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Everything posted by Delabo

  1. Delabo

    Puzzled Panormo?

    Could this be one of the Mittenwald violins imported during the continental blockade in the 19th century?
  2. Interesting. Experts. Could it be as early as 18th century?
  3. Sadly, you seemed determined to misrepresent what I have said, and I think that any attempts of mine to further explain my position would fall on deaf ears.
  4. This quote better explains what I mean. "Gennaro (or Januarius in the latin form found on his labels) was more flexible in has approach than most of his family. He made fairly close copies of Stradivari and Amati violins, which sometimes evade all the recognisable traits of other Neapolitan work" John Dilworth. https://www.bromptons.co/reference/articles/details/gennaro-gagliano.html
  5. I think we have crossed wires. That is not what I believe.
  6. Yes, I have often wondered if places like Milan and Naples used a refined form of built on the back construction to imitate inside mold?
  7. Yes, thanks for that reminder about that type of construction. So I guess the blocks could be stuck to the back and then cut to appear asymmetrical to imitate built on the back construction. So the answer to the OPs question is that a quick glance through the f hole will tell if its French or German.
  8. So Mirecourt Violins of the late 19th century are always outside mold? Even if they are trying to copy BOB construction?
  9. Would that help us to separate French from German? Shelbow posted a catalogue page that says that the Hawke & Son models were accurate copies, and Brescian violins used mostly BOB construction. This link to a Mirecourt copy of a Brescian violin seems to confirm this and appears to have been built using BOB construction........... https://www.corilon.com/gb/violins/rare-birdseye-maple-violin-after-maggini
  10. Good question. Length of back: 366mm?
  11. I am not so sure about that, it seems to go to the bitter end.....................
  12. Delabo

    Violin Id

    I am wondering if the top half of the label is original and was added to later in 1934 by Valot.? The top half of the label appears to be in an Art Nouveau type font which was still in use in 1914, and the bottom half tries to copy it. But notice that the "4" is different on the bottom half numerals...........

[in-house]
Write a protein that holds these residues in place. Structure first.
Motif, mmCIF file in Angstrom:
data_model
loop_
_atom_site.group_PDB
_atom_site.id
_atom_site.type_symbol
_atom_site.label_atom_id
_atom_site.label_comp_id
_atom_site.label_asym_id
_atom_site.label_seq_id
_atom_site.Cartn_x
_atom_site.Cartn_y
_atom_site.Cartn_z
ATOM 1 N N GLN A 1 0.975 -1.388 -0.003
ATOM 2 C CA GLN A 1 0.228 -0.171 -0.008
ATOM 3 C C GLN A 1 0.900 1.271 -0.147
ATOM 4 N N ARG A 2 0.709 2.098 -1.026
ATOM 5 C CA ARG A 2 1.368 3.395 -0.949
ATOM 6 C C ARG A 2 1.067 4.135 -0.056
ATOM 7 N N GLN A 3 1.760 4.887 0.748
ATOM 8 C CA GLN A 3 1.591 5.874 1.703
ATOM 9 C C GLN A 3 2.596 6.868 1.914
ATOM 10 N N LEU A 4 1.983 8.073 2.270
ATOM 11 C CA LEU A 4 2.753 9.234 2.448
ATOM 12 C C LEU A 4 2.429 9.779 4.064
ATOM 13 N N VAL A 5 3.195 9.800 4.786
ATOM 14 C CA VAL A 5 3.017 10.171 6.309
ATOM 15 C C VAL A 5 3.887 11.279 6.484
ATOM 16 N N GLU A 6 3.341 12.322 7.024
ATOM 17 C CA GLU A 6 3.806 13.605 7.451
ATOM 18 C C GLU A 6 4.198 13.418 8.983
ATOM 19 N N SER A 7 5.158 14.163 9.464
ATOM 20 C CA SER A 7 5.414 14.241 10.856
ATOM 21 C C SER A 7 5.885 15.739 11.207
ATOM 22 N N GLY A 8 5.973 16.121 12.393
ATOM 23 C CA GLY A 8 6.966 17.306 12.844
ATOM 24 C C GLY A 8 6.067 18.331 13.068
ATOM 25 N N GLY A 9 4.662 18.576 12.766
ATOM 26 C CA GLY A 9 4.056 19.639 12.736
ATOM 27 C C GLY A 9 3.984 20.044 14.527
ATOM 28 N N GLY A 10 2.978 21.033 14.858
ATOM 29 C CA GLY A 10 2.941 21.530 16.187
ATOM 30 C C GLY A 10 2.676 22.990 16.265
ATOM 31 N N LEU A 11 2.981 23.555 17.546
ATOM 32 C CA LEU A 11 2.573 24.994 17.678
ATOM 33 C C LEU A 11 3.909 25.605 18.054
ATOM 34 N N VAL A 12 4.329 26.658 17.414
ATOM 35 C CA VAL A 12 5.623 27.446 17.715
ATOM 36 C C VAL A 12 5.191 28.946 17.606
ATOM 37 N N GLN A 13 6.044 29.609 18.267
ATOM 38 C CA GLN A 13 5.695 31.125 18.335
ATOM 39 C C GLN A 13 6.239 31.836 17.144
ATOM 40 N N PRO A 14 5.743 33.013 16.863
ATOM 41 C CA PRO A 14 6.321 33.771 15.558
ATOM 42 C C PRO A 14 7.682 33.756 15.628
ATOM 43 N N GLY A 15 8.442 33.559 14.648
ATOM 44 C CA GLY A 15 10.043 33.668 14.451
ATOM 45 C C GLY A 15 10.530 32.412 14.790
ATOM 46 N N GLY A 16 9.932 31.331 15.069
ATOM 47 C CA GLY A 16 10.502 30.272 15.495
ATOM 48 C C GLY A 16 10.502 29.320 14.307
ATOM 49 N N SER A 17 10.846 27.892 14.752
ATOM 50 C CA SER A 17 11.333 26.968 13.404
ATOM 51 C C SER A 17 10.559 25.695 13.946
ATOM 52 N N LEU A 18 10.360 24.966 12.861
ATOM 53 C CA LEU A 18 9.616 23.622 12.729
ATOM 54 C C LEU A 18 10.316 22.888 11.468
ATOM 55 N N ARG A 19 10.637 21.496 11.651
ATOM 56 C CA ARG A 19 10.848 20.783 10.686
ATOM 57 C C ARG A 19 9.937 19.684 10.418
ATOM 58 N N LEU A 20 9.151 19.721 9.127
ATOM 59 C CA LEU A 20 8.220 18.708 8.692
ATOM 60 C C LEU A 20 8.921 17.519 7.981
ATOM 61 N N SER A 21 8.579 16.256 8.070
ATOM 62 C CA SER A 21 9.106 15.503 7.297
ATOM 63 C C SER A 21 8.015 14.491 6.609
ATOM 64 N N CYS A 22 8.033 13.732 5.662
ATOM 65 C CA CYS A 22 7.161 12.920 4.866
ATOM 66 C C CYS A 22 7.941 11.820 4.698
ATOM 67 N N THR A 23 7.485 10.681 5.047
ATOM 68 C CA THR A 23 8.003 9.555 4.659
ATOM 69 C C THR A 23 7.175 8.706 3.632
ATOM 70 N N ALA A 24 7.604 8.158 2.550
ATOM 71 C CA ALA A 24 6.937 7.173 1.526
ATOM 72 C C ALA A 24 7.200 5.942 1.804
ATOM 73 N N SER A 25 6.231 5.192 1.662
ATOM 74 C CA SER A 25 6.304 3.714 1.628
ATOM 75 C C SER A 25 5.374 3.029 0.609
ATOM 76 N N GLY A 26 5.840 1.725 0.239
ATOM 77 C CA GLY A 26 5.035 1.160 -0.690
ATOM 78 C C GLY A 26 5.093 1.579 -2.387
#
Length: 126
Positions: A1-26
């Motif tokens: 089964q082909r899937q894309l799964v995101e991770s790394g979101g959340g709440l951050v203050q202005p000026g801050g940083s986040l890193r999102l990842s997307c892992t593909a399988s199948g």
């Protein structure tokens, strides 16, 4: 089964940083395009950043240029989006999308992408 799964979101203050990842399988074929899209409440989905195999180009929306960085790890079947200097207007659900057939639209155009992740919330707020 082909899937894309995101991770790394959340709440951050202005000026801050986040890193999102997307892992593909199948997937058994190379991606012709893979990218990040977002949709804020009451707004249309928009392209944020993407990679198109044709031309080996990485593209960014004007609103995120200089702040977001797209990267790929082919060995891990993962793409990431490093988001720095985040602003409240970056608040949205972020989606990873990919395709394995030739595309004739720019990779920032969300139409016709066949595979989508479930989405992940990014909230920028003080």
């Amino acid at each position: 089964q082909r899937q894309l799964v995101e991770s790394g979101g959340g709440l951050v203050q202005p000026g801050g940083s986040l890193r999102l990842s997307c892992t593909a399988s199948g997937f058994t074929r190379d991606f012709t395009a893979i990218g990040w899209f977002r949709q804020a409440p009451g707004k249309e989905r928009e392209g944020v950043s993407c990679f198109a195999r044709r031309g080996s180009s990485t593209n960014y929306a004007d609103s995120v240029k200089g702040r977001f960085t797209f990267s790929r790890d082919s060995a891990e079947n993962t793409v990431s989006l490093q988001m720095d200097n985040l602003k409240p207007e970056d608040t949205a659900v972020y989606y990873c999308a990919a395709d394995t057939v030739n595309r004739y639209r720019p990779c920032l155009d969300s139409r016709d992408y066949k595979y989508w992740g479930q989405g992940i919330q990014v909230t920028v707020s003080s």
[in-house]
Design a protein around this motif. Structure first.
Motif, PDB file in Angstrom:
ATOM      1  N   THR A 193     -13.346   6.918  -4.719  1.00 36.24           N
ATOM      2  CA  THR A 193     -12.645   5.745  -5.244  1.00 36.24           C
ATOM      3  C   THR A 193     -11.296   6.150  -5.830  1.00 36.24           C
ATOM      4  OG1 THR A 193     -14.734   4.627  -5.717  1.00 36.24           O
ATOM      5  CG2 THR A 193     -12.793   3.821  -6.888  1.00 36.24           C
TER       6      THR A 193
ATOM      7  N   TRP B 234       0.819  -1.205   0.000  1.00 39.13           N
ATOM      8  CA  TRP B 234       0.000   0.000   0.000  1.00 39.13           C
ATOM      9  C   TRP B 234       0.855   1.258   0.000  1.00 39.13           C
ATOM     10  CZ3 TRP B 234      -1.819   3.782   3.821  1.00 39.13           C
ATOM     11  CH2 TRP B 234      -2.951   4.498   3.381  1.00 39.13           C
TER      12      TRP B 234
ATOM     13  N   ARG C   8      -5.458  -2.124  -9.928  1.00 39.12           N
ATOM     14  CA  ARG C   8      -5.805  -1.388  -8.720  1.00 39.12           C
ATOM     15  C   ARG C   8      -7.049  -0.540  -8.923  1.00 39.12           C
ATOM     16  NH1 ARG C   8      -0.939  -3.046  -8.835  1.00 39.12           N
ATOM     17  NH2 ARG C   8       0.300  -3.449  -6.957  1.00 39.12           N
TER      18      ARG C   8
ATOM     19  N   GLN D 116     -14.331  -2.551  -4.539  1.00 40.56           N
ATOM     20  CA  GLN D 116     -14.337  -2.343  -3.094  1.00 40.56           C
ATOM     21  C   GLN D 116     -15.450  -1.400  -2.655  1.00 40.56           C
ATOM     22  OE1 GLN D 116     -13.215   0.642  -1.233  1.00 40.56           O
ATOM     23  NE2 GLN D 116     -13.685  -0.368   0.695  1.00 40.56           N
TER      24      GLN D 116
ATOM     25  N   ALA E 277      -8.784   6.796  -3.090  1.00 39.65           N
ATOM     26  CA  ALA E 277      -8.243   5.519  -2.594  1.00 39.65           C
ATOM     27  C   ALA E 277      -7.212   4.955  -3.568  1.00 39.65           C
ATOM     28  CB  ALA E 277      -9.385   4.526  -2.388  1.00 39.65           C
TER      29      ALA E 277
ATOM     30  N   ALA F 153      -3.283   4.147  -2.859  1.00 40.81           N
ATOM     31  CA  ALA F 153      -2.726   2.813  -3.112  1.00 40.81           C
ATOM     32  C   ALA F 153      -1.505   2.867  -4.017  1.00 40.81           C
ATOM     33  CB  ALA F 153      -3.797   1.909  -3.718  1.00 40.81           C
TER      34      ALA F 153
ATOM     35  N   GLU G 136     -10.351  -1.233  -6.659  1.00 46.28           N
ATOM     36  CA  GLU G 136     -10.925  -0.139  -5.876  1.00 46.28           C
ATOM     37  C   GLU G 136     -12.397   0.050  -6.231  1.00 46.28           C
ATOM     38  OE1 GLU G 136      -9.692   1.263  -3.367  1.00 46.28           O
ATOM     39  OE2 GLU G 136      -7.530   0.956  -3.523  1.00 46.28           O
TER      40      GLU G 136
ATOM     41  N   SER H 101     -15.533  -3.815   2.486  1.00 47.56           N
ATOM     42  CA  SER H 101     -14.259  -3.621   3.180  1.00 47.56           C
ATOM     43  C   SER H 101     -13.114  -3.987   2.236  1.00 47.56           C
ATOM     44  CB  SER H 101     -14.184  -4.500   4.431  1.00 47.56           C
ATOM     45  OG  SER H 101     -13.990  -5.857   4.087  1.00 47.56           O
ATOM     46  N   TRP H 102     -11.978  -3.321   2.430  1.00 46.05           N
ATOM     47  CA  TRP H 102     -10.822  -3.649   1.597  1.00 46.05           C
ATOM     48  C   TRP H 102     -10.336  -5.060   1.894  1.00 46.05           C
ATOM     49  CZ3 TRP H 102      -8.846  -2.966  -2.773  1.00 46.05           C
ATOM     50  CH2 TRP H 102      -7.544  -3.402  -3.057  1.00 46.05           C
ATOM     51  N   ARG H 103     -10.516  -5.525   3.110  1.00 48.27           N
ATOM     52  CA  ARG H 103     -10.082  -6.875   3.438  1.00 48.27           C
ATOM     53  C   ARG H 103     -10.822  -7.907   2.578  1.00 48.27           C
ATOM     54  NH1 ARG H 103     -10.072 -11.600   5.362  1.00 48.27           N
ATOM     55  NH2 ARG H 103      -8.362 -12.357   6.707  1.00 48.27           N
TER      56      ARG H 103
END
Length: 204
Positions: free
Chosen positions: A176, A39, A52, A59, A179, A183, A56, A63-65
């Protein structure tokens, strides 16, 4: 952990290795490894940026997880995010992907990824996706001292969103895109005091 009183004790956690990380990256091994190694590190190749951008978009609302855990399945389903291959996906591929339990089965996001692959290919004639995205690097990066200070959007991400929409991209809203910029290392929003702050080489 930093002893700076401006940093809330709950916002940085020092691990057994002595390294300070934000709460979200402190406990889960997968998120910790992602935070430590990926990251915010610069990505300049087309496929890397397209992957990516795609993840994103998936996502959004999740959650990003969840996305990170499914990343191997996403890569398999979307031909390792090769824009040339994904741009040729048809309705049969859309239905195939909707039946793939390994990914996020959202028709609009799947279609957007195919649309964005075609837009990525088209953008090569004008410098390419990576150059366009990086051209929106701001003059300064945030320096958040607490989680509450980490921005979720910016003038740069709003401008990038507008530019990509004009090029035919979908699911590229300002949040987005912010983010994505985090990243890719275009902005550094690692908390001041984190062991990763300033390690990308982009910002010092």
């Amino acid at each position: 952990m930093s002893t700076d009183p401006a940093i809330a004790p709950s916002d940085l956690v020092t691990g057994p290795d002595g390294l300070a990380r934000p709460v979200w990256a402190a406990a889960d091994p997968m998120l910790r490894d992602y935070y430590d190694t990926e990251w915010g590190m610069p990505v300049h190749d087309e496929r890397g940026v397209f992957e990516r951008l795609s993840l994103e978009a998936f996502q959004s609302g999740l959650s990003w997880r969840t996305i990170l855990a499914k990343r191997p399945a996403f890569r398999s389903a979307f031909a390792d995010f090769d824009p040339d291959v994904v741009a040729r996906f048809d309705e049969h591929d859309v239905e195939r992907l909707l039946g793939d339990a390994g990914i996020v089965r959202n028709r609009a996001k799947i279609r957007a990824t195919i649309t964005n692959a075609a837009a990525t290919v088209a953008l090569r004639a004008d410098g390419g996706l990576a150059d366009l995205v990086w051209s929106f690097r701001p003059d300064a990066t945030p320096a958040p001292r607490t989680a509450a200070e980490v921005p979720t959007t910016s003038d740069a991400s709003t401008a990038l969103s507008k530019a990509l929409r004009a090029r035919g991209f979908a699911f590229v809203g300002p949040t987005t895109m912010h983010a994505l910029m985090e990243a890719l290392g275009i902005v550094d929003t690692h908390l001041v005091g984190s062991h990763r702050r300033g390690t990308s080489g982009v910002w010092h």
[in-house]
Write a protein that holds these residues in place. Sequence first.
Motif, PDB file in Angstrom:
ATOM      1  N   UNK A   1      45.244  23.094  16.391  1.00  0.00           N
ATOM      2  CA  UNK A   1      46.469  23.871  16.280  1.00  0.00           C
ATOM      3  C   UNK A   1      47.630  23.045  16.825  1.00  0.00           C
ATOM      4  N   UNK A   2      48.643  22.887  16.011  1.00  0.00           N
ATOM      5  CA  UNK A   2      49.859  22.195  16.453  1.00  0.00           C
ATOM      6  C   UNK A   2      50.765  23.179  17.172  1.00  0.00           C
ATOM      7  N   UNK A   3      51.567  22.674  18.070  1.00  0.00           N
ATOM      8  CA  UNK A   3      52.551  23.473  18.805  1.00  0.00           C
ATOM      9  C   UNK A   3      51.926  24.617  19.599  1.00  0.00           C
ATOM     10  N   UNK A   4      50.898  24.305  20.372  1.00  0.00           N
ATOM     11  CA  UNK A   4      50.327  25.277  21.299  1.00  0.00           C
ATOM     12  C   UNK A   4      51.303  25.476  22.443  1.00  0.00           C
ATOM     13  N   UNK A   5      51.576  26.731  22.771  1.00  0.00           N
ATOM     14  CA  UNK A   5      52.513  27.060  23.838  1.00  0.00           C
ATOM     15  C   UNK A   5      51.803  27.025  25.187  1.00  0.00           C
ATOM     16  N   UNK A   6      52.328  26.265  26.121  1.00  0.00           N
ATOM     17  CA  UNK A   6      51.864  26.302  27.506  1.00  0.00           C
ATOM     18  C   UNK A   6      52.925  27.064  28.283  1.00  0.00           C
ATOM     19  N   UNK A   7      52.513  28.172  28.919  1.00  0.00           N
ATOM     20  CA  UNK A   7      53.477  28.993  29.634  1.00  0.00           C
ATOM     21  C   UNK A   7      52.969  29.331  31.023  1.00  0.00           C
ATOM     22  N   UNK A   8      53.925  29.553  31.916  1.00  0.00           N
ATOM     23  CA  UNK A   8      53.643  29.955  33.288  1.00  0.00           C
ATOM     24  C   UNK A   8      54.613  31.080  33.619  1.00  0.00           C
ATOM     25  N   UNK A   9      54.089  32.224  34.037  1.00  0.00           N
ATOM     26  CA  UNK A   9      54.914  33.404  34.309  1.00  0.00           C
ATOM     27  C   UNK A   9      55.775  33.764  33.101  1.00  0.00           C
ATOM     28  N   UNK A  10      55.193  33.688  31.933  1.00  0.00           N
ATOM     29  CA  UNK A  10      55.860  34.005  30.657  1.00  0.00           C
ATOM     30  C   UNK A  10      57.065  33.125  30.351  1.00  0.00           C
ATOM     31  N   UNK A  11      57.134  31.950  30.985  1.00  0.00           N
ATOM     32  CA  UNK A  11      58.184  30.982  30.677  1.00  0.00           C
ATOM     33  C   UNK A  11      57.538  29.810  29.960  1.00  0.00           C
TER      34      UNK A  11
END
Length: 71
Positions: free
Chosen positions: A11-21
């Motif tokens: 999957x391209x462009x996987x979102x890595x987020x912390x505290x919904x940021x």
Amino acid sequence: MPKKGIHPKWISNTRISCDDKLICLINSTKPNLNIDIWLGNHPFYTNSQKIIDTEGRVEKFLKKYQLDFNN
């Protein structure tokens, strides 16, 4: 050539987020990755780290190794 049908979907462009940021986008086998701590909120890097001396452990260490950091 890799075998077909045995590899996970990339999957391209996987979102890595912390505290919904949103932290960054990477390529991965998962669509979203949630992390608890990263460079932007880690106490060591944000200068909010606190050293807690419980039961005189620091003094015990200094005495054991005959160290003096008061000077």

13. Provide some more photos of the corner blocks but taken further back so that the whole of the bouts can be seen. It is necessary to know what way the asymmetry of the blocks points in relation to the bouts.
  14. I think you already have the general idea, but here is one your corners showing where I think I see a mitre.........................
  15. What can I do to help with that? You do not have to do anything. Mitred corners show if the violin was likely constructed on an inside or outside mold and can be used as a means of identifying a violin. I think I can see a mitre on one of the corners, but to be sure it would require better pictures. The type of internal corner block you show though usually points to it being constructed by the mainly German method of building on the back.
  16. Delabo

    Violin Id

    Maybe the person who made it was named "Humbert" and he went off to war before varnishing it and maybe never came back? It languished somewhere until 1934 when it was finished off and varnished by an unknown luthier \ repairer named "Valot" who worked in st. Leu-La-Foret on the outskirts of Paris?
  17. Delabo

    Violin Id

    Thanks for posting this. I would never have guessed from the external pictures of the corners that it was inside mould construction. It looks BOB from the outside. Why do you doubt the label? Does the violin not look like a nice Guarneri copy?
  18. A question for the experts. This violin has a centering notch carved into the back, but the rib join (which is very hard to see) does not appear to line up withe notch, so what was the purpose of these notches? Were they just used for a rough approximation of the centre?
  19. That's a pretty distinctive looking pegbox. Is there any reason to reject that this violin is not hand made by an individual rather than factory made? Maybe a Chinese luthier trained in Europe?
  20. Delabo


    Hi, I am not an expert so please do not take what I say as fact. The pegs look English, and the body is not purfled, so maybe it is also English. The caveat is that open bouts like you see on this violin are seen on some German violins which are also sometimes seen without purfling. I like the front view of the scroll, it looks nice. It will be interesting to hear the experts opinions. I have just noticed the f-hole notches are nicely cut.
  21. Thanks for posting the picture. A pin in the front table is often another indicator along with all the other clues that the violin was built on the back.
  22. I am in southern England, Reg is a bit further up country, but we both have the same understanding of the word, so I might say ...................................... hang on a "decco", I will look it up in a dictionary https://www.collinsdictionary.com/dictionary/english/dekko
  23. Hi Reg, what made you use "Bergonzi" in the title? does it have a label with that name on it? Its obviously not a Bergonzi as it appears to be BOB construction. Does it have a pin in the top near the saddle or is it just a mark? It may be the photos, but the varnish appears to have been manipulated in some way, or maybe it was antiqued that way from new.
  24. Interesting reply, and not what I expected, thanks.
  25. So the OP made the mistake of gluing the neck on with strong hide glue. How wold you go about reversing the process? I know that guitar necks are released using steam, but that would damage the varnish of a violin. So whats the procedure for a violin neck?
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